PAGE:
In A Tale of Two Cities, what is ment by the statement that Stryver laid Darnay under an obligation to him for life in two senses?
A Tale of Two Cities is a complex story with both major and minor characters. C. J. Stryver is certainly a minor character, so to think he's responsible for saving the life of one of the primary characters--twice--is rather ridiculous. Stryver is a pompous fool to think such a self-important thing.
Stryver feels as if he's done two hugely significant things for Charles Darnay; in fact, he's done nothing at all. The first thing Stryver believes he's done is saved Charles athis trial. It's true Stryver was the mouthpiece, the lawyer, who spoke the words which got Charles exonerated; however, he was nothing more than the spokesmanfor the observation and reasoning of Sidney Carton. The second thing he claims to have done is to "let him have" Lucie--as if Lucie Manette would have agreed to marry the pompous Stryver. She would have been polite, but she would have said no.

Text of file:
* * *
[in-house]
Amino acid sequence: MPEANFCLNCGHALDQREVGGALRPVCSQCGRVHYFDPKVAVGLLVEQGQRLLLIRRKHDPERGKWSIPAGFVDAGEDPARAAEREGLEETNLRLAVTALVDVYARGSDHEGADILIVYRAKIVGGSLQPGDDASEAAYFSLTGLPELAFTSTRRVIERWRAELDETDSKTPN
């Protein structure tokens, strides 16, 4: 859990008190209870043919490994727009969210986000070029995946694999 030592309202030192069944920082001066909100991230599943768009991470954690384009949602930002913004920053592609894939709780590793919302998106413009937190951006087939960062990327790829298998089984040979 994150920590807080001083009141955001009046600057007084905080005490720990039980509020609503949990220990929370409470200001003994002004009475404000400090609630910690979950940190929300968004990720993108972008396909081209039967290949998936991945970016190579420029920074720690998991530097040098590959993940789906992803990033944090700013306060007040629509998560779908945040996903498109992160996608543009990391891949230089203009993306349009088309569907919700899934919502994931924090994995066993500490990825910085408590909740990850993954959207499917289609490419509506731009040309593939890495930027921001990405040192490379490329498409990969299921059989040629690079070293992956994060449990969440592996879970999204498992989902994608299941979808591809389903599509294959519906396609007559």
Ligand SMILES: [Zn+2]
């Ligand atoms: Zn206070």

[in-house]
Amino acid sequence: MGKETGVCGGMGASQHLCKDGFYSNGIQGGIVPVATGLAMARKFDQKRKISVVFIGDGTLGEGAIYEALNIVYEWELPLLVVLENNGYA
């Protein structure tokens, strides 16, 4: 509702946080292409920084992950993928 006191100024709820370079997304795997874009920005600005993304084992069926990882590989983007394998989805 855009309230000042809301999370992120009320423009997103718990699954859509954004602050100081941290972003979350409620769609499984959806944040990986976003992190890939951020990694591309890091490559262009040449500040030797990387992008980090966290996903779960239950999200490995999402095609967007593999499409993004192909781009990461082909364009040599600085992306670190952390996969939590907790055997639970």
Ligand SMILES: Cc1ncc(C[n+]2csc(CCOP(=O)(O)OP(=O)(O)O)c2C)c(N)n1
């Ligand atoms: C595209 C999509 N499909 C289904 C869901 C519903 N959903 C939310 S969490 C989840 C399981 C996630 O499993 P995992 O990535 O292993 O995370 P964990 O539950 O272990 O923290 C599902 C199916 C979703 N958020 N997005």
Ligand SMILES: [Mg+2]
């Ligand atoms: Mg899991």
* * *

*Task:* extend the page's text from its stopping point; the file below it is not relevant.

In reality, Charles actually owes his life twice to someone else--Sydney Carton, of course. Sydney was the one who made the observation to save his life, saving his life the first time. The second time, of course, is when Carton literally exchanges his life for Darnay's.
From what I have read so far, I see two reasons why Stryver may feel that Darnay is under an obligation to him:
- Stryver as saved Darnay from an accusation of treason by effectively defending him in court.
- Stryver pretends (or want to believe to protect his inflated ego) that he has allowed darnay to marry Lucie, by not pursuing her. In fact, of course, she never had any interest in him and would have rejected him formally if Lorry had not intervene to spare Stryver a rejection which would have been humiliating for him and painful for Lucie.